Tuesday, March 20, 2018

Worship at the Judas Rock: When We Identify With the Betrayer

One of the most unusual things I encountered in Jerusalem was in an out-of-the-way church on the Mount of Olives. It was adjacent to The Grotto, and filled with beautiful artwork. Some of the paintings appeared to have been restored, while others were nearly obscured beneath centuries of grime. 

I made my way around the room as I looked at the paintings and finally arrived at a glass-enclosed shrine. Inside, there was a large rectangle of rock. 

The Judas rock.

It was (reportedly) the rock on which Judas stood when he betrayed Jesus for 30 pieces of silver. (Luke 22: 3-6, 47-48) A narrow opening under the lid was just wide enough to allow a piece of paper to slip through. The rock was covered with randomly scattered money and hastily written notes. I stared at the slips of paper and money and wondered…

 Why is there a shrine to the betrayer?

Why identify with Judas? Why leave letters on the Judas rock? Why leave money?

I struggled with this for days. Did people think Judas could answer their prayers? That the money would redeem their sin? It took me a while to come to the conclusion that no one wants to identify with Judas. We already identify with him because we, too, are betrayers.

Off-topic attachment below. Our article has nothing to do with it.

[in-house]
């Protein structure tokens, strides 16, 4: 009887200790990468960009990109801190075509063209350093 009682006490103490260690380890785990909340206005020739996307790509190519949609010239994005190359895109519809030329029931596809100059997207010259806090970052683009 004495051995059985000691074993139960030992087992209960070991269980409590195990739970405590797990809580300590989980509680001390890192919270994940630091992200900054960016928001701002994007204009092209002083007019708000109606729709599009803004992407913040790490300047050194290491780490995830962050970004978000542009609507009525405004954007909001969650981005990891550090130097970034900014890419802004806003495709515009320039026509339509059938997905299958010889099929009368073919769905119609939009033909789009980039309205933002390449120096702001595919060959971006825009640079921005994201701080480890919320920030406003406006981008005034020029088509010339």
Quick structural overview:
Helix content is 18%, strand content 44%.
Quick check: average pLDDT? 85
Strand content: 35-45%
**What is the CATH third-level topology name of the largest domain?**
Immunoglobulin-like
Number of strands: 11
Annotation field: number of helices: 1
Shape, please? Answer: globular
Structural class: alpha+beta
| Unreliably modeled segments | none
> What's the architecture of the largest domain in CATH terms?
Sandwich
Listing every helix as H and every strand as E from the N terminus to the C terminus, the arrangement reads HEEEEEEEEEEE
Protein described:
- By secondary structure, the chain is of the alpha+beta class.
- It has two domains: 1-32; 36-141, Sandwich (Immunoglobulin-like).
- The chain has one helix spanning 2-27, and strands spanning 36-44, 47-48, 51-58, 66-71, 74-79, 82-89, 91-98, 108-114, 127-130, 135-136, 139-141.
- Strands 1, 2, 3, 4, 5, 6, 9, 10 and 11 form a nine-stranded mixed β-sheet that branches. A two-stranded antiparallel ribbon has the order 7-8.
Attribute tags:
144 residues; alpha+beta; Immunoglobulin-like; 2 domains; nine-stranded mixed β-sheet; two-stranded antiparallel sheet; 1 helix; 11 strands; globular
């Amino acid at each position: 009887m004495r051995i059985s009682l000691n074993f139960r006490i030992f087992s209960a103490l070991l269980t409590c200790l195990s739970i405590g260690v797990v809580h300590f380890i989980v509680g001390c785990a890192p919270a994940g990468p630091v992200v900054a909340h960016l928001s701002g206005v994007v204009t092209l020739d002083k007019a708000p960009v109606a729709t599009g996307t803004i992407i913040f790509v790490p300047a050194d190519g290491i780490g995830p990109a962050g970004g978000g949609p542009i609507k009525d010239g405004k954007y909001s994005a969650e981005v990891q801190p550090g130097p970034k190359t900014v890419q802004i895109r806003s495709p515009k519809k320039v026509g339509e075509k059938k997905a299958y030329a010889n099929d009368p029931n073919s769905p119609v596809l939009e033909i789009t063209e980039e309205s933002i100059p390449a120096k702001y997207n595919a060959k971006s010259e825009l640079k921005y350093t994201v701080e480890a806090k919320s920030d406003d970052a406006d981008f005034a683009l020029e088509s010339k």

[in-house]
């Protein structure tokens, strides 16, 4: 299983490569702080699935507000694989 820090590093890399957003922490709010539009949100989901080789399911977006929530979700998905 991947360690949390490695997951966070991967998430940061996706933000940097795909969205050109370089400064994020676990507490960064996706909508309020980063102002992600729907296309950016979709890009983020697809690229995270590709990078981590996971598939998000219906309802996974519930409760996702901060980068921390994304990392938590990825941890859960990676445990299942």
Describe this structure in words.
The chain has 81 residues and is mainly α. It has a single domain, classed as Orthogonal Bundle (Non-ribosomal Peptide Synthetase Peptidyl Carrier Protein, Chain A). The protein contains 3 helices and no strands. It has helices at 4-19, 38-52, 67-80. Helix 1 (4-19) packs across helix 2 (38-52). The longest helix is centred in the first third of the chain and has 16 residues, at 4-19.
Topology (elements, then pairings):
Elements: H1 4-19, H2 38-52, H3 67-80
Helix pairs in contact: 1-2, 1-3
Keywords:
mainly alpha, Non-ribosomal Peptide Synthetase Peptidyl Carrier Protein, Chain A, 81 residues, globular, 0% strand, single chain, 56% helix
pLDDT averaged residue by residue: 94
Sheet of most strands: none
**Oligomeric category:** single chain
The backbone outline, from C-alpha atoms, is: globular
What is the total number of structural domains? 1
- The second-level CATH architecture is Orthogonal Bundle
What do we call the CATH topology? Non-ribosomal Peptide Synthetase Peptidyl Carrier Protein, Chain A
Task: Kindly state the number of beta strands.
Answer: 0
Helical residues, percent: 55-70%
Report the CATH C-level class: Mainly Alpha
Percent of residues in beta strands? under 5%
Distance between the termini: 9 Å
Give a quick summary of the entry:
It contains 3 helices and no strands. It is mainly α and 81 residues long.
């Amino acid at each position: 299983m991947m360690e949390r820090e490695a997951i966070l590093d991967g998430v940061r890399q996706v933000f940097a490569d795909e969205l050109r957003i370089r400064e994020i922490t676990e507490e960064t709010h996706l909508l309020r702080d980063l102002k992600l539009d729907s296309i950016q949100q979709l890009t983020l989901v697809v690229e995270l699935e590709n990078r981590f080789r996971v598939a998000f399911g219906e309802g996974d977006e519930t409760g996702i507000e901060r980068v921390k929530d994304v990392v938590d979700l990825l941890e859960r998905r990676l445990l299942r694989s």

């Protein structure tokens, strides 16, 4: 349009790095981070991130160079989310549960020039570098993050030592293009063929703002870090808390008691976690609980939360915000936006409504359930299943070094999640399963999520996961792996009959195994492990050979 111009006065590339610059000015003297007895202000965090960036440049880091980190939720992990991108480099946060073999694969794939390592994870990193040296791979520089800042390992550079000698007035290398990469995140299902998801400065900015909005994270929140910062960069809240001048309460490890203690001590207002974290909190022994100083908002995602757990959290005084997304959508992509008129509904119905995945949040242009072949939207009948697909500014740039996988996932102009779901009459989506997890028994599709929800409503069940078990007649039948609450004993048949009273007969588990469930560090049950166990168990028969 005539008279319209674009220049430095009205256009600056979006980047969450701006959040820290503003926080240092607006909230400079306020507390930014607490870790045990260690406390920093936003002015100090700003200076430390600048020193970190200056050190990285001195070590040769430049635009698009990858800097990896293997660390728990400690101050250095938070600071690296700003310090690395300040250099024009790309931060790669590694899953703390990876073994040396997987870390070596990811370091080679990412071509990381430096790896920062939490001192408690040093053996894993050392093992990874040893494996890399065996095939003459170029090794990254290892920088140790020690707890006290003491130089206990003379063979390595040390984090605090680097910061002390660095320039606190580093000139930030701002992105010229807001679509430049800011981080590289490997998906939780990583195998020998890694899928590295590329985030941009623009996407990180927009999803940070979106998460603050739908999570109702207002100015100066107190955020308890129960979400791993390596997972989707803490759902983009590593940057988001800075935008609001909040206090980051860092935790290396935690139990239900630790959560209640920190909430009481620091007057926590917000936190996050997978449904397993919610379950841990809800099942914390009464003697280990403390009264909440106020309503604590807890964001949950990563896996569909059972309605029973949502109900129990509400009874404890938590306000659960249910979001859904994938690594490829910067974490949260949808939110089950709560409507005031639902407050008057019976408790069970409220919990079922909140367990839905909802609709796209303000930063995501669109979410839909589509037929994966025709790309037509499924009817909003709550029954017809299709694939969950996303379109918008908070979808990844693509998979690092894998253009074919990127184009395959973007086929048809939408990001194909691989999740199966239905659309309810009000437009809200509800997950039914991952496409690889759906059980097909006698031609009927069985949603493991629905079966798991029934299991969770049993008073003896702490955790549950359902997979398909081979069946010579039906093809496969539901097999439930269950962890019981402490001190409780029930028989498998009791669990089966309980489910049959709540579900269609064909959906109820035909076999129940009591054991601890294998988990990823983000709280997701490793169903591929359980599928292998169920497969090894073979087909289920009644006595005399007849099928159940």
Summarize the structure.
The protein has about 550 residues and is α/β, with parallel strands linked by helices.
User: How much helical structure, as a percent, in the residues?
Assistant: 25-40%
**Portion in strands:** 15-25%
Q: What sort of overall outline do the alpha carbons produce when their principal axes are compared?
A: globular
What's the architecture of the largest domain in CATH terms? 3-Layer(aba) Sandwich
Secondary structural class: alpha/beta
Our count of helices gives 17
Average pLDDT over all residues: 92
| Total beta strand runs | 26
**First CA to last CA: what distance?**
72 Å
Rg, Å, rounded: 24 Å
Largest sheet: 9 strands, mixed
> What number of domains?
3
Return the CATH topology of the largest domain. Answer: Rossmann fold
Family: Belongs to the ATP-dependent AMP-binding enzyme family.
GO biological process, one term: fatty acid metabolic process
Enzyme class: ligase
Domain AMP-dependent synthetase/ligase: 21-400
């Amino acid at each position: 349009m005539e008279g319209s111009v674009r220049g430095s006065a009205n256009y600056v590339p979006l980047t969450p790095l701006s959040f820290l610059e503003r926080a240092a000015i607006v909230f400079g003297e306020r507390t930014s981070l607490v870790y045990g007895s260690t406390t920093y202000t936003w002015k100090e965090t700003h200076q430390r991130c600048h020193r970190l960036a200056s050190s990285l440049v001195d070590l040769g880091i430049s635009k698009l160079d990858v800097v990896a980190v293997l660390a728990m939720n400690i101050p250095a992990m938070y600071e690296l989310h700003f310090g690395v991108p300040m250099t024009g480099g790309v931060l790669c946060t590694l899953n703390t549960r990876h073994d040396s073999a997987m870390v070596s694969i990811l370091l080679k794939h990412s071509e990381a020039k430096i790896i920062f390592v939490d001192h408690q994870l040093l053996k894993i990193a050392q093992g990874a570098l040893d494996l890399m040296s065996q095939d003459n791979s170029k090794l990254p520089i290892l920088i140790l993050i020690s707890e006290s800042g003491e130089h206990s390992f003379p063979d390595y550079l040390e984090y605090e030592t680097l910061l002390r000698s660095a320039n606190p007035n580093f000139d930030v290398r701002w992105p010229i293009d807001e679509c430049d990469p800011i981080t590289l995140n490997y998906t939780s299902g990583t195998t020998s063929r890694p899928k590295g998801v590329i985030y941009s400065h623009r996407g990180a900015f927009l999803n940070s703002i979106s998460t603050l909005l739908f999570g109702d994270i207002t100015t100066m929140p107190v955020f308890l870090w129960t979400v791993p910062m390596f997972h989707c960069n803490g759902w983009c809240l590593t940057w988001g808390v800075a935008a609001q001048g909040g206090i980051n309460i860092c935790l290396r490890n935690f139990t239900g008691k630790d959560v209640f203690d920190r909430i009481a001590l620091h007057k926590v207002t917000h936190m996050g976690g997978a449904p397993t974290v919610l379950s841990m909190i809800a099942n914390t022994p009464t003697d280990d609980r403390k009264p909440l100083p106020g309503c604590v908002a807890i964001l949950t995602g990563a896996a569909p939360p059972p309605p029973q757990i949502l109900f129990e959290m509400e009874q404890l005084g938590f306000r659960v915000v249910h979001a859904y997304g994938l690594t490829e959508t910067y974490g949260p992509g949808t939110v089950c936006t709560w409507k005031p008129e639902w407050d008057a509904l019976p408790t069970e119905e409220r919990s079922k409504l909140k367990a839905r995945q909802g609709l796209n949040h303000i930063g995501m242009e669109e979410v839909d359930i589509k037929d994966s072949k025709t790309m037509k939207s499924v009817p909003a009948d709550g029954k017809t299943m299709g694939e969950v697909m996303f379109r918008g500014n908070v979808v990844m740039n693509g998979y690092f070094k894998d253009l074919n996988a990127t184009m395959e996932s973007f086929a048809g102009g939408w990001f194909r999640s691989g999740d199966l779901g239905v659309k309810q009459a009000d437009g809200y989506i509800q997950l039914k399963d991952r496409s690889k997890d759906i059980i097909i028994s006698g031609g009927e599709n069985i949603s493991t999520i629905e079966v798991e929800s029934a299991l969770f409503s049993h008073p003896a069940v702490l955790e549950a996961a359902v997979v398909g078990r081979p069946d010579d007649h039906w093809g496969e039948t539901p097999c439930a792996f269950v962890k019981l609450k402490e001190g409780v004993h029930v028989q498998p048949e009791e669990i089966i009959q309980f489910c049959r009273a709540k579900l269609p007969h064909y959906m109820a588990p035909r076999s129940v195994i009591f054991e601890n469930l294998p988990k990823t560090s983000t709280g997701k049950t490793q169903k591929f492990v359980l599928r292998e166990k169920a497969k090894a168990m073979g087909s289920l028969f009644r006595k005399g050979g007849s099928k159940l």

Our focus, like Judas, is all too often on money, possessions, success, and prestige. We put what we want before the call of Christ. Pleasing ourselves comes before our relationship with Him. 

I include myself in that corporate "we," for, though I hate to admit it, I still put my own desires before Jesus. My first thought is, far more than I’d like to admit, what I want in a particular situation, rather than what Christ wants. Although I usually find my way to seeking God's will, the first burst of "Leanna worship" is a betrayal of the higher call to the will of God. Neither dollars nor letters of contrition can change that. 

Only the grace of God is sufficient. 

It's the greatest paradox that our Holy God would exact the price for our sin from Himself, but He did, and He offers that redemption to all who will receive it. 

What can wash away the stain of sin? The black shroud of betrayal? Nothing. Nothing but the blood of the spotless Lamb of God. 

Today, let's choose to love God first and love others as we love ourselves. In so doing, we live as those who have been redeemed. 

If we confess our sins, He is faithful and just to forgive our sin and cleanse us from all unrighteousness. 1 John 1:9

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